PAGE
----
Thanks for checking out my blog. I will work to keep it current, with photos and posts. YOU CAN FIND THE PHOTOS AT THE BOTTOM OF THIS PAGE. ¡gracias!

Sunday, June 27, 2010

never never land

Well I ended up spending 8 days at the farm known as never never land. It was in the south of Ecuador, in the mountains. Which is the coffee growing region of ecuador, where all of those fancy "ecuadorian coffee's" that you can find in Starbucks are from. Along with fruit, potatoes, corn, herbs, chickens and cows we also grew coffee, so everyday we would grind it up and drink the best coffee of my life. I had an amazing time. It really was pretty magical like the name suggests. The setting was stunning, the woman who ran it was slightly crazy but in the best way, the other volunteers where so friendly and fun, and the work was hard but gratifying. We got a taste of what it is like to be an ecuadorian housewives because on several of the days when the workers from the town would come in, there was no one to make them lunch, and since they are useless in the kitchen it was left to us to cook and clean for 5 to 15 people! It turned out to be really fun, we all had a sense of humor about it, so it was much better than it could have been.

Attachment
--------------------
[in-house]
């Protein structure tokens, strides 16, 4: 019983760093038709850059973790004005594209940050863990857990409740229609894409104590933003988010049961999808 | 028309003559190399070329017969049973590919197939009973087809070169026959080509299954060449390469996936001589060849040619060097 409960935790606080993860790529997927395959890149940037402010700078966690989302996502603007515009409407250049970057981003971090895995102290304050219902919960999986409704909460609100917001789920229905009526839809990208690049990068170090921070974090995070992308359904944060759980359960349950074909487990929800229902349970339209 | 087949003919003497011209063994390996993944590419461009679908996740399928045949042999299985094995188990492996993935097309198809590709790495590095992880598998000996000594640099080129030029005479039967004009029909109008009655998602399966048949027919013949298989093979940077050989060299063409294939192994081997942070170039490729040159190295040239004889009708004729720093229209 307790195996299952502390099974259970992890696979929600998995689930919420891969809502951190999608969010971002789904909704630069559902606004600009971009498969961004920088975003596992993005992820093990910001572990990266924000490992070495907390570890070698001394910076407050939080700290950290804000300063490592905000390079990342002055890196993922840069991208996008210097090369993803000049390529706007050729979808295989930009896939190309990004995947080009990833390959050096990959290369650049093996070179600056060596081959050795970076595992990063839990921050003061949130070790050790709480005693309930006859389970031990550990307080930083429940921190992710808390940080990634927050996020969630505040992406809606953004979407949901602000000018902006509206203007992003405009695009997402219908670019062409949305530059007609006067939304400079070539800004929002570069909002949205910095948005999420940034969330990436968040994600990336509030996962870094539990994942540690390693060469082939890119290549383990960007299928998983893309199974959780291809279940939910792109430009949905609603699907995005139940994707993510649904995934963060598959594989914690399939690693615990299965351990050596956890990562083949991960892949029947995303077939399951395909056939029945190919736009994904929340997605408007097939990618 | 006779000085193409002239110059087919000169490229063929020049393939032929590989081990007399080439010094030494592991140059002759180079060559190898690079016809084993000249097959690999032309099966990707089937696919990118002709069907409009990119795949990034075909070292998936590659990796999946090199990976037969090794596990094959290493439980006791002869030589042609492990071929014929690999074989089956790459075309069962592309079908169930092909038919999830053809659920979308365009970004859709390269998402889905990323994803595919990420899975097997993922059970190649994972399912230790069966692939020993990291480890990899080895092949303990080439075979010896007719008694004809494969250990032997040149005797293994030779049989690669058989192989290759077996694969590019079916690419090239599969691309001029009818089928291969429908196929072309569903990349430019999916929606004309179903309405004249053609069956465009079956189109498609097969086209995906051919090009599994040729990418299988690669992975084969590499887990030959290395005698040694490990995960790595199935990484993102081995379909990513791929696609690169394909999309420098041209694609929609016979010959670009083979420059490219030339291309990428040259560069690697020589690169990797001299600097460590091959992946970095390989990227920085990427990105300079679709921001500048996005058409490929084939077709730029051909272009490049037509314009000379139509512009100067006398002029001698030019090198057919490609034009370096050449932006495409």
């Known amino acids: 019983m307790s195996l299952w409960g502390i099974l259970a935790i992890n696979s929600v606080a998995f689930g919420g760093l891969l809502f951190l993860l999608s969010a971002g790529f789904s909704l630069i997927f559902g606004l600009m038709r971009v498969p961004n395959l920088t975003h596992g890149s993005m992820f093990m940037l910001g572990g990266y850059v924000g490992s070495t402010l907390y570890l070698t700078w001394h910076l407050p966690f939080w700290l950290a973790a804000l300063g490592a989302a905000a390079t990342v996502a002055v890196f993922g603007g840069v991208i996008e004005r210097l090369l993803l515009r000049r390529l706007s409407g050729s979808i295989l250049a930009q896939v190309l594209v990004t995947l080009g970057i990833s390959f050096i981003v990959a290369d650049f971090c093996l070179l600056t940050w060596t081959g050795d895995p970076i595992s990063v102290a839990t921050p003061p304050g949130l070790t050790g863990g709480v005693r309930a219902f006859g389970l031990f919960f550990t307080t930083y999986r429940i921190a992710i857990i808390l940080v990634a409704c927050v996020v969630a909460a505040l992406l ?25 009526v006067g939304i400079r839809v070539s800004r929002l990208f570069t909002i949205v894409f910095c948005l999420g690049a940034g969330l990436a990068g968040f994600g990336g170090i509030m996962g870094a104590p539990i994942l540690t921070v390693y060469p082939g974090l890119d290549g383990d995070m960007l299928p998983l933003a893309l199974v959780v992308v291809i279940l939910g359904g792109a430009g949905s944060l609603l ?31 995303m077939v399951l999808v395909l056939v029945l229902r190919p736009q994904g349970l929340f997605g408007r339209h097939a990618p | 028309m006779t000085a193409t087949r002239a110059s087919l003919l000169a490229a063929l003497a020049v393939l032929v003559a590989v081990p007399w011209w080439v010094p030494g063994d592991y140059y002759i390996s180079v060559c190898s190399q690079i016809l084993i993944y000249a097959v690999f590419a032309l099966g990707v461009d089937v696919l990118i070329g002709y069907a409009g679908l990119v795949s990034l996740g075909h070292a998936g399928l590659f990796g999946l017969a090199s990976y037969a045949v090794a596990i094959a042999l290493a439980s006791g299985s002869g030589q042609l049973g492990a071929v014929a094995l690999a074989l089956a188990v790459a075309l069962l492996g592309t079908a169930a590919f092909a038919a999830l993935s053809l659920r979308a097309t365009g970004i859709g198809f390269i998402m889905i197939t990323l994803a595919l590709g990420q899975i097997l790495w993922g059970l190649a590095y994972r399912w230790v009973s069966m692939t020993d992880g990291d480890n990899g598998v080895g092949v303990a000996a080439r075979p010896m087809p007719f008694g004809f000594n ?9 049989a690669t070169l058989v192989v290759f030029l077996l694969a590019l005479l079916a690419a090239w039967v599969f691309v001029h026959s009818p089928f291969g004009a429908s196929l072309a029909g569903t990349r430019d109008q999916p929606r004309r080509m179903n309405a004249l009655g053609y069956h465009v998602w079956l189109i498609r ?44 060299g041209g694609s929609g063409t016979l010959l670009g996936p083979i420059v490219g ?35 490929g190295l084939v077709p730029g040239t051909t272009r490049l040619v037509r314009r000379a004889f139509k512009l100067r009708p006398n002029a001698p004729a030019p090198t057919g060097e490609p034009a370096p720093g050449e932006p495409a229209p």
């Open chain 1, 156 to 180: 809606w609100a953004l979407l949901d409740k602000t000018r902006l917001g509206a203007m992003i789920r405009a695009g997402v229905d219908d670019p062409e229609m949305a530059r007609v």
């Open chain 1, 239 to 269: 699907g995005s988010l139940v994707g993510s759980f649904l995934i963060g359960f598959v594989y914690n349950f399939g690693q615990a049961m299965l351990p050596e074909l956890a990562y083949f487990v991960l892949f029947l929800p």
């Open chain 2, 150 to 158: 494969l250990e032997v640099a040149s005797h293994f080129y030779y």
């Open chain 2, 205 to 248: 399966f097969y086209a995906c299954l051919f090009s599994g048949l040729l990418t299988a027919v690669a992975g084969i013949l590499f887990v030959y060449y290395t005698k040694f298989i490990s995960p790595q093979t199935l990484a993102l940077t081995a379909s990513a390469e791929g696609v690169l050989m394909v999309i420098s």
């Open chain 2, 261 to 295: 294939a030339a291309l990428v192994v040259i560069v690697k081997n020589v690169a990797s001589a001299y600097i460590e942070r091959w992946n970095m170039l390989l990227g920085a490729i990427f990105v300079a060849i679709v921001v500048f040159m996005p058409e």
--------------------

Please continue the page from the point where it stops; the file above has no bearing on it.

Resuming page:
It was so nice to work hard for a bit. And we didnt work THAT hard, but at the end of the day when everything was cleaned and put away and we would sit around and drink coffee and eat fresh baked cookies it just felt so good. I know all you "working people" out there are laughing right now, but also something about working on a farm and with the land is just the best. There is also no money to be made, especially on an organic farm. But I´m way too young and naive to think about that.